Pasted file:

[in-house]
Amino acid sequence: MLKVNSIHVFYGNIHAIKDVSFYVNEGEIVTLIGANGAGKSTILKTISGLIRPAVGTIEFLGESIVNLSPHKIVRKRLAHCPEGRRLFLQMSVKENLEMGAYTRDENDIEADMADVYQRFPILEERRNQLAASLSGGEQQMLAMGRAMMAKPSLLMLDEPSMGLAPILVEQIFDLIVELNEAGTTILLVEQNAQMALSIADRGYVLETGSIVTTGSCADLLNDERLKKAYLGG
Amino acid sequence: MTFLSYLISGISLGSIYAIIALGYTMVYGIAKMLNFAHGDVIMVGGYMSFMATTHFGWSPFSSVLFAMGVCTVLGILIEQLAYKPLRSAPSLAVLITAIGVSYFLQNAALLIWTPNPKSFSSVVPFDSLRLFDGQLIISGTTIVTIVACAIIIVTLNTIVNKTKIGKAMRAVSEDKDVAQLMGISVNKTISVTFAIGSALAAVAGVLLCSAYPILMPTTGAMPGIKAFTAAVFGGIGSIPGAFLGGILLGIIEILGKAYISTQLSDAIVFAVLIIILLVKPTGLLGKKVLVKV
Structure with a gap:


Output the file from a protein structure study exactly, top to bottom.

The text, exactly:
[in-house]
Amino acid sequence: MLKVNSIHVFYGNIHAIKDVSFYVNEGEIVTLIGANGAGKSTILKTISGLIRPAVGTIEFLGESIVNLSPHKIVRKRLAHCPEGRRLFLQMSVKENLEMGAYTRDENDIEADMADVYQRFPILEERRNQLAASLSGGEQQMLAMGRAMMAKPSLLMLDEPSMGLAPILVEQIFDLIVELNEAGTTILLVEQNAQMALSIADRGYVLETGSIVTTGSCADLLNDERLKKAYLGG
Amino acid sequence: MTFLSYLISGISLGSIYAIIALGYTMVYGIAKMLNFAHGDVIMVGGYMSFMATTHFGWSPFSSVLFAMGVCTVLGILIEQLAYKPLRSAPSLAVLITAIGVSYFLQNAALLIWTPNPKSFSSVVPFDSLRLFDGQLIISGTTIVTIVACAIIIVTLNTIVNKTKIGKAMRAVSEDKDVAQLMGISVNKTISVTFAIGSALAAVAGVLLCSAYPILMPTTGAMPGIKAFTAAVFGGIGSIPGAFLGGILLGIIEILGKAYISTQLSDAIVFAVLIIILLVKPTGLLGKKVLVKV
Structure with a gap: